Maybe ProfG will comment on was his baby thrown out with the bathwater.


  1. It seems the FDA is being much more conservative in approving new MS therapies that could have an adverse impact in the longterm. I suspect this is a consequence of the Tysabri fiasco.

    1. I'm sure there's more than an element of truth to this.

  2. Yes, the FDA doesn't have the budget for safety monitoring of some of these drugs. I think it is only fair that the manufacturer should bear the burdon of any safety monitoring concerns that should arise:

  3. The problem with the cancer risk in the cladribine data was that the placebo group was very atypical and the cancer risk was essentially at a level of cancer risk in the general population. However in a two year trial the real risks are unlikely to show themselves as the time frame is too short. The only by using the drug in real practise would one find out what the risks are and would be even clearer if you had a robust monitoring programme.

  4. From the top graph above,it took 720 days to reach a flatline value of 15.9% of conversion to CDMS on the high dose Clabridine. This is the exact same results for Avonex shown on the lower graph.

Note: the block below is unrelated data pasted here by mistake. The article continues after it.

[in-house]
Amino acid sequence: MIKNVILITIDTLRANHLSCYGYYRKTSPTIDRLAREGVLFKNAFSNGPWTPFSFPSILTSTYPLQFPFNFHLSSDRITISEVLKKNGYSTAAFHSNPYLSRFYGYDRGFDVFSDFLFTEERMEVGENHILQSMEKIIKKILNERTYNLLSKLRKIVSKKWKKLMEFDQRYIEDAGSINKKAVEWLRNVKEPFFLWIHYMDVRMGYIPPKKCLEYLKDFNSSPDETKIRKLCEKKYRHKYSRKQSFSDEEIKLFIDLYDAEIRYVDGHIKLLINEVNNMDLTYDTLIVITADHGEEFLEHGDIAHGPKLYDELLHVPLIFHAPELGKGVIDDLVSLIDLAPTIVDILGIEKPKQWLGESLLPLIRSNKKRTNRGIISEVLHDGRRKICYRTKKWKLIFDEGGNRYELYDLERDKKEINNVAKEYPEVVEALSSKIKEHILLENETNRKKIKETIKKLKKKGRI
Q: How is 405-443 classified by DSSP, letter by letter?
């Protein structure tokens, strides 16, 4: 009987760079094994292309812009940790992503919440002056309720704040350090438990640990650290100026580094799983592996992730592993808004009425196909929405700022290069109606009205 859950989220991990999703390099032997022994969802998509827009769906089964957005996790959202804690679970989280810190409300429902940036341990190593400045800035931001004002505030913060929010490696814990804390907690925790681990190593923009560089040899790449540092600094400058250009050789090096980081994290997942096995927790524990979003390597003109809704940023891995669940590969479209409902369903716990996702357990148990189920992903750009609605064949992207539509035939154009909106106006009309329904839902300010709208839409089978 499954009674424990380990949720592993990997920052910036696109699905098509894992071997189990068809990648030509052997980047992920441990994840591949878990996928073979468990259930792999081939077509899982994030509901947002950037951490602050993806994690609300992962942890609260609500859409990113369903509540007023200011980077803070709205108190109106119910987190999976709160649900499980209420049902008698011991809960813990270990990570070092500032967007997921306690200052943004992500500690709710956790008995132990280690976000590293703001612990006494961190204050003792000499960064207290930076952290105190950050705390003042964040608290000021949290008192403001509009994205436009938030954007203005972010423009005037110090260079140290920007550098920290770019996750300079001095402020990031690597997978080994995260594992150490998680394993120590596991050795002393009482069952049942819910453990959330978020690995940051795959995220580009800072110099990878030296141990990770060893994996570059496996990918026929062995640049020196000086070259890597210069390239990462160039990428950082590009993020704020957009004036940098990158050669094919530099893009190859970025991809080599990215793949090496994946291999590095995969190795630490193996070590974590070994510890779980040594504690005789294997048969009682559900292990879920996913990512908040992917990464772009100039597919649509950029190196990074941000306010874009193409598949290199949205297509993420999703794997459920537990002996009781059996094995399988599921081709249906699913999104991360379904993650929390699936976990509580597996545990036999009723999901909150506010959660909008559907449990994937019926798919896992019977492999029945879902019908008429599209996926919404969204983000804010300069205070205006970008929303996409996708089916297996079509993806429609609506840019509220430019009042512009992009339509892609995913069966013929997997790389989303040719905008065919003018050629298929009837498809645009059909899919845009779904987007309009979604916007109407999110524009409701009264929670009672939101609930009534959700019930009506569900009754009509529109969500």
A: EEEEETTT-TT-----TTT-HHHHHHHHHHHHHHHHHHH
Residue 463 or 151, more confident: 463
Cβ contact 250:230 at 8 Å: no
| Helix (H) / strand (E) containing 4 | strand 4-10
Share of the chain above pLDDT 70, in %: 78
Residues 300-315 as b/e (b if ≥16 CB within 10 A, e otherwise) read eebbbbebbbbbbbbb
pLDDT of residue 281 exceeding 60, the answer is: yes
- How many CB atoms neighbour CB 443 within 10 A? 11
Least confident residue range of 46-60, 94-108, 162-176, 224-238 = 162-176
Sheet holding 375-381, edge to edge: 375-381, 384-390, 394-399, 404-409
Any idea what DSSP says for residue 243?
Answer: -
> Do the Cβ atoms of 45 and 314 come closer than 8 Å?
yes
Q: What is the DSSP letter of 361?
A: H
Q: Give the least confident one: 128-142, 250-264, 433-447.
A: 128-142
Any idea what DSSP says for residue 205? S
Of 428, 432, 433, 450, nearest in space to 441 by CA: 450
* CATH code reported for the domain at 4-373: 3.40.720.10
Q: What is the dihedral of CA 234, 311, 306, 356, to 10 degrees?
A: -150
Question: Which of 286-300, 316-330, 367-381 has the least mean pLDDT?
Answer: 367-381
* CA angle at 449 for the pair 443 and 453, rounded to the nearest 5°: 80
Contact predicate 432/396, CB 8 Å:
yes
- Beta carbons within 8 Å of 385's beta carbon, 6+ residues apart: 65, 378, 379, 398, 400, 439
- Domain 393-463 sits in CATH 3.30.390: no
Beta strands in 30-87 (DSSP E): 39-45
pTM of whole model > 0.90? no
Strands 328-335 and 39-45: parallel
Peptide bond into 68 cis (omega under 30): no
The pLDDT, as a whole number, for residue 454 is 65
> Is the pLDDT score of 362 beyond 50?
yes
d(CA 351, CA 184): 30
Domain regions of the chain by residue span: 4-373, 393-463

So, I think it is completely understandable that the FDA rejected clabradine given the safety profile of Avonex.

    1. The top and the bottom graphs are the same in relation of cladribine. In the bottom I have superimposed another trial and to make the point of the similarities it does not mean they are identical as the trials were not contemporary. I could do the same with tysabri verses placebo and tysabri verses beta interferons, the placebo and beta interferon overlay you can't use that approach to say beta interferon does not work.

      The safety profile of beta interferon is irrelevant to whether the FDA should approve cladribine or not the issue is the safety of cladribine.